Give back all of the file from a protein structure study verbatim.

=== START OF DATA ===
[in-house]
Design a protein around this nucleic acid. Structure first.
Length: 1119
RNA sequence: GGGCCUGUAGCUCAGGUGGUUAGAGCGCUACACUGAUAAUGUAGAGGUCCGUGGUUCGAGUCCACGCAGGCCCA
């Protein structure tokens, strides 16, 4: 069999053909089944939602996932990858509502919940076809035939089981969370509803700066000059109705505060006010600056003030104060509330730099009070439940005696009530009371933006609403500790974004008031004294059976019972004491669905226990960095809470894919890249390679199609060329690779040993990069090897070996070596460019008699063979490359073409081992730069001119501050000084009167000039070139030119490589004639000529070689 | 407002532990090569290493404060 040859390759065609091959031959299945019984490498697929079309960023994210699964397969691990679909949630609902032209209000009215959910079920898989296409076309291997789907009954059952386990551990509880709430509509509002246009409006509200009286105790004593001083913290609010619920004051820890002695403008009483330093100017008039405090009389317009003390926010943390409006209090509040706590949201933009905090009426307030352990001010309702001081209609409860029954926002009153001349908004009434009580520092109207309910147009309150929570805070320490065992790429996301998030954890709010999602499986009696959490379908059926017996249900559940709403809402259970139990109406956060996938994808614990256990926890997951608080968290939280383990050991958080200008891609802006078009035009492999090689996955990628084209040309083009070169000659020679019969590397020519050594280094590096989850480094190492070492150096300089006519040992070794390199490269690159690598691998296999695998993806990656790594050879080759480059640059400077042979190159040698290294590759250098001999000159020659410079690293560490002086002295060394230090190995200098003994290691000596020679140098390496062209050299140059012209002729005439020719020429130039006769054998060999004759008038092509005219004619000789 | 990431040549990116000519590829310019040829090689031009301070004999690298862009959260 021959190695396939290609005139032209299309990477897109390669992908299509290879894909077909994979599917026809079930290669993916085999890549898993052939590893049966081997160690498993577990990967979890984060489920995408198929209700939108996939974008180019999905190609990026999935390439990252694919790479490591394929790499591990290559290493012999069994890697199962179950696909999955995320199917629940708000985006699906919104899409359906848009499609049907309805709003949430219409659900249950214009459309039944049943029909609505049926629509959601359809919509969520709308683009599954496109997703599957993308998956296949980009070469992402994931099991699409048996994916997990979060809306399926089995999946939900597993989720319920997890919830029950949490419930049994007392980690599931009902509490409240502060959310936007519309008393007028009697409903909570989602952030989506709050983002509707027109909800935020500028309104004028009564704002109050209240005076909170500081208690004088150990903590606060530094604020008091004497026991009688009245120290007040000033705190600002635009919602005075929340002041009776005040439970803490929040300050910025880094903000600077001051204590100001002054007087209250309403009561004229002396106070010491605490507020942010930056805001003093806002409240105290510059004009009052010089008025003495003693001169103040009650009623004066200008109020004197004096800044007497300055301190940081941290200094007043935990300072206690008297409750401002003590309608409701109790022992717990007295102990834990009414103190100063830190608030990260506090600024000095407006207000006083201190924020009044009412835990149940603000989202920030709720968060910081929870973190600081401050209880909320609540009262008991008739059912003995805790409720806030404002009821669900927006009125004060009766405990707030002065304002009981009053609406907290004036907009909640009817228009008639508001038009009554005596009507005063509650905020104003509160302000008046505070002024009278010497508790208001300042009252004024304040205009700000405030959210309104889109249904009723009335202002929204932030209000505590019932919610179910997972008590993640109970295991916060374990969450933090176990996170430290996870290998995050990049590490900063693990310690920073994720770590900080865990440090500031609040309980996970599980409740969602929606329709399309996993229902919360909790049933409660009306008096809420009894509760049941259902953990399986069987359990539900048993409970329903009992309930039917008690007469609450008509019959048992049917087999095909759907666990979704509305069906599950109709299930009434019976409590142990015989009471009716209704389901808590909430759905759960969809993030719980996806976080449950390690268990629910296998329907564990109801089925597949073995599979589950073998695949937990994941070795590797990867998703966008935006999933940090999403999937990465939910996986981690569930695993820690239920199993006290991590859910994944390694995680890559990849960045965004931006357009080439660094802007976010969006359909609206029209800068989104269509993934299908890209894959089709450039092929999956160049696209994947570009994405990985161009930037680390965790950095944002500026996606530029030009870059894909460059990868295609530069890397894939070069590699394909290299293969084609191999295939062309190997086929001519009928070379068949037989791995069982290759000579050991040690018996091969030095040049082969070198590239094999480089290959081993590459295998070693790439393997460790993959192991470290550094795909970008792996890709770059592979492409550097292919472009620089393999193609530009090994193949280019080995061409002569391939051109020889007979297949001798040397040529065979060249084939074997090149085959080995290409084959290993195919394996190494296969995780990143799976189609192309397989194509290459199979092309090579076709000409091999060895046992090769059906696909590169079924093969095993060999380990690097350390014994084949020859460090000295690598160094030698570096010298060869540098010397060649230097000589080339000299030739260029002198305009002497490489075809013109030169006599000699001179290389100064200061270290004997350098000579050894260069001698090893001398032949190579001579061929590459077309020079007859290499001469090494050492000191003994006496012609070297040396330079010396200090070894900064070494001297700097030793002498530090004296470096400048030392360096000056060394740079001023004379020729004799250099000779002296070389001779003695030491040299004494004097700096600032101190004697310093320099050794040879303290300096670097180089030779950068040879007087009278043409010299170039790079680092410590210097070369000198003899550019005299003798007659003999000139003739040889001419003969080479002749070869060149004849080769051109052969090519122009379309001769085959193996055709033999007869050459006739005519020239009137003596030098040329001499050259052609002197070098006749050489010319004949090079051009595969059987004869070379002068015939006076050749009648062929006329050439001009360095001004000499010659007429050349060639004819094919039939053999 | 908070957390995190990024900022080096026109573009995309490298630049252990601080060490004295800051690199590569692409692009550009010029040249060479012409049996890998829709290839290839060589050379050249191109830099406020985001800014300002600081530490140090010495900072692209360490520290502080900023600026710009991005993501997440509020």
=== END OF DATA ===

[in-house]
Design a protein around this nucleic acid. Structure first.
Length: 1119
RNA sequence: GGGCCUGUAGCUCAGGUGGUUAGAGCGCUACACUGAUAAUGUAGAGGUCCGUGGUUCGAGUCCACGCAGGCCCA
């Protein structure tokens, strides 16, 4: 069999053909089944939602996932990858509502919940076809035939089981969370509803700066000059109705505060006010600056003030104060509330730099009070439940005696009530009371933006609403500790974004008031004294059976019972004491669905226990960095809470894919890249390679199609060329690779040993990069090897070996070596460019008699063979490359073409081992730069001119501050000084009167000039070139030119490589004639000529070689 | 407002532990090569290493404060 040859390759065609091959031959299945019984490498697929079309960023994210699964397969691990679909949630609902032209209000009215959910079920898989296409076309291997789907009954059952386990551990509880709430509509509002246009409006509200009286105790004593001083913290609010619920004051820890002695403008009483330093100017008039405090009389317009003390926010943390409006209090509040706590949201933009905090009426307030352990001010309702001081209609409860029954926002009153001349908004009434009580520092109207309910147009309150929570805070320490065992790429996301998030954890709010999602499986009696959490379908059926017996249900559940709403809402259970139990109406956060996938994808614990256990926890997951608080968290939280383990050991958080200008891609802006078009035009492999090689996955990628084209040309083009070169000659020679019969590397020519050594280094590096989850480094190492070492150096300089006519040992070794390199490269690159690598691998296999695998993806990656790594050879080759480059640059400077042979190159040698290294590759250098001999000159020659410079690293560490002086002295060394230090190995200098003994290691000596020679140098390496062209050299140059012209002729005439020719020429130039006769054998060999004759008038092509005219004619000789 | 990431040549990116000519590829310019040829090689031009301070004999690298862009959260 021959190695396939290609005139032209299309990477897109390669992908299509290879894909077909994979599917026809079930290669993916085999890549898993052939590893049966081997160690498993577990990967979890984060489920995408198929209700939108996939974008180019999905190609990026999935390439990252694919790479490591394929790499591990290559290493012999069994890697199962179950696909999955995320199917629940708000985006699906919104899409359906848009499609049907309805709003949430219409659900249950214009459309039944049943029909609505049926629509959601359809919509969520709308683009599954496109997703599957993308998956296949980009070469992402994931099991699409048996994916997990979060809306399926089995999946939900597993989720319920997890919830029950949490419930049994007392980690599931009902509490409240502060959310936007519309008393007028009697409903909570989602952030989506709050983002509707027109909800935020500028309104004028009564704002109050209240005076909170500081208690004088150990903590606060530094604020008091004497026991009688009245120290007040000033705190600002635009919602005075929340002041009776005040439970803490929040300050910025880094903000600077001051204590100001002054007087209250309403009561004229002396106070010491605490507020942010930056805001003093806002409240105290510059004009009052010089008025003495003693001169103040009650009623004066200008109020004197004096800044007497300055301190940081941290200094007043935990300072206690008297409750401002003590309608409701109790022992717990007295102990834990009414103190100063830190608030990260506090600024000095407006207000006083201190924020009044009412835990149940603000989202920030709720968060910081929870973190600081401050209880909320609540009262008991008739059912003995805790409720806030404002009821669900927006009125004060009766405990707030002065304002009981009053609406907290004036907009909640009817228009008639508001038009009554005596009507005063509650905020104003509160302000008046505070002024009278010497508790208001300042009252004024304040205009700000405030959210309104889109249904009723009335202002929204932030209000505590019932919610179910997972008590993640109970295991916060374990969450933090176990996170430290996870290998995050990049590490900063693990310690920073994720770590900080865990440090500031609040309980996970599980409740969602929606329709399309996993229902919360909790049933409660009306008096809420009894509760049941259902953990399986069987359990539900048993409970329903009992309930039917008690007469609450008509019959048992049917087999095909759907666990979704509305069906599950109709299930009434019976409590142990015989009471009716209704389901808590909430759905759960969809993030719980996806976080449950390690268990629910296998329907564990109801089925597949073995599979589950073998695949937990994941070795590797990867998703966008935006999933940090999403999937990465939910996986981690569930695993820690239920199993006290991590859910994944390694995680890559990849960045965004931006357009080439660094802007976010969006359909609206029209800068989104269509993934299908890209894959089709450039092929999956160049696209994947570009994405990985161009930037680390965790950095944002500026996606530029030009870059894909460059990868295609530069890397894939070069590699394909290299293969084609191999295939062309190997086929001519009928070379068949037989791995069982290759000579050991040690018996091969030095040049082969070198590239094999480089290959081993590459295998070693790439393997460790993959192991470290550094795909970008792996890709770059592979492409550097292919472009620089393999193609530009090994193949280019080995061409002569391939051109020889007979297949001798040397040529065979060249084939074997090149085959080995290409084959290993195919394996190494296969995780990143799976189609192309397989194509290459199979092309090579076709000409091999060895046992090769059906696909590169079924093969095993060999380990690097350390014994084949020859460090000295690598160094030698570096010298060869540098010397060649230097000589080339000299030739260029002198305009002497490489075809013109030169006599000699001179290389100064200061270290004997350098000579050894260069001698090893001398032949190579001579061929590459077309020079007859290499001469090494050492000191003994006496012609070297040396330079010396200090070894900064070494001297700097030793002498530090004296470096400048030392360096000056060394740079001023004379020729004799250099000779002296070389001779003695030491040299004494004097700096600032101190004697310093320099050794040879303290300096670097180089030779950068040879007087009278043409010299170039790079680092410590210097070369000198003899550019005299003798007659003999000139003739040889001419003969080479002749070869060149004849080769051109052969090519122009379309001769085959193996055709033999007869050459006739005519020239009137003596030098040329001499050259052609002197070098006749050489010319004949090079051009595969059987004869070379002068015939006076050749009648062929006329050439001009360095001004000499010659007429050349060639004819094919039939053999 | 908070957390995190990024900022080096026109573009995309490298630049252990601080060490004295800051690199590569692409692009550009010029040249060479012409049996890998829709290839290839060589050379050249191109830099406020985001800014300002600081530490140090010495900072692209360490520290502080900023600026710009991005993501997440509020």